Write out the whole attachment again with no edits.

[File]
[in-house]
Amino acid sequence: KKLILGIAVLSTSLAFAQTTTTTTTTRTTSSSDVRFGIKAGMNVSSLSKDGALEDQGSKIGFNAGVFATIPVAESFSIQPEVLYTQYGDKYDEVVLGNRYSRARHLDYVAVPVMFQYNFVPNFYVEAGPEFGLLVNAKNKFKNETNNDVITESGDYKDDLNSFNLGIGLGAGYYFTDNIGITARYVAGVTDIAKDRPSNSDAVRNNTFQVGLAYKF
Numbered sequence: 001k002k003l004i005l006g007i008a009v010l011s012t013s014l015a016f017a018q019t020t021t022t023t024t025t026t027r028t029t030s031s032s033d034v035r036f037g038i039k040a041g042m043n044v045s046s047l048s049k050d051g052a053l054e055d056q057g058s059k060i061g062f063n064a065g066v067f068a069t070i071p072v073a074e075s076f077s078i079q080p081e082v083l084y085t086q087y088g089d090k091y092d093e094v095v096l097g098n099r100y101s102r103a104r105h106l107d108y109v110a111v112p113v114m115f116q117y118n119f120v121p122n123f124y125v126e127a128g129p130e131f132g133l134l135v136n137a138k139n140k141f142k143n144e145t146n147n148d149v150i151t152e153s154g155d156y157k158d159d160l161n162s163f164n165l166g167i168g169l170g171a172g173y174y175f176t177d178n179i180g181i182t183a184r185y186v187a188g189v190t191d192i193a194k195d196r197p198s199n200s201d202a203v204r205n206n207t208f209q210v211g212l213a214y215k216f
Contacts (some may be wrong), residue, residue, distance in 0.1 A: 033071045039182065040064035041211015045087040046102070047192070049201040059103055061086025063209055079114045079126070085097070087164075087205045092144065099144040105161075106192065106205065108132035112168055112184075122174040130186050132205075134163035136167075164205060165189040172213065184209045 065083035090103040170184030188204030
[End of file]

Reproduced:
[in-house]
Amino acid sequence: KKLILGIAVLSTSLAFAQTTTTTTTTRTTSSSDVRFGIKAGMNVSSLSKDGALEDQGSKIGFNAGVFATIPVAESFSIQPEVLYTQYGDKYDEVVLGNRYSRARHLDYVAVPVMFQYNFVPNFYVEAGPEFGLLVNAKNKFKNETNNDVITESGDYKDDLNSFNLGIGLGAGYYFTDNIGITARYVAGVTDIAKDRPSNSDAVRNNTFQVGLAYKF
Numbered sequence: 001k002k003l004i005l006g007i008a009v010l011s012t013s014l015a016f017a018q019t020t021t022t023t024t025t026t027r028t029t030s031s032s033d034v035r036f037g038i039k040a041g042m043n044v045s046s047l048s049k050d051g052a053l054e055d056q057g058s059k060i061g062f063n064a065g066v067f068a069t070i071p072v073a074e075s076f077s078i079q080p081e082v083l084y085t086q087y088g089d090k091y092d093e094v095v096l097g098n099r100y101s102r103a104r105h106l107d108y109v110a111v112p113v114m115f116q117y118n119f120v121p122n123f124y125v126e127a128g129p130e131f132g133l134l135v136n137a138k139n140k141f142k143n144e145t146n147n148d149v150i151t152e153s154g155d156y157k158d159d160l161n162s163f164n165l166g167i168g169l170g171a172g173y174y175f176t177d178n179i180g181i182t183a184r185y186v187a188g189v190t191d192i193a194k195d196r197p198s199n200s201d202a203v204r205n206n207t208f209q210v211g212l213a214y215k216f
Contacts (some may be wrong), residue, residue, distance in 0.1 A: 033071045039182065040064035041211015045087040046102070047192070049201040059103055061086025063209055079114045079126070085097070087164075087205045092144065099144040105161075106192065106205065108132035112168055112184075122174040130186050132205075134163035136167075164205060165189040172213065184209045 065083035090103040170184030188204030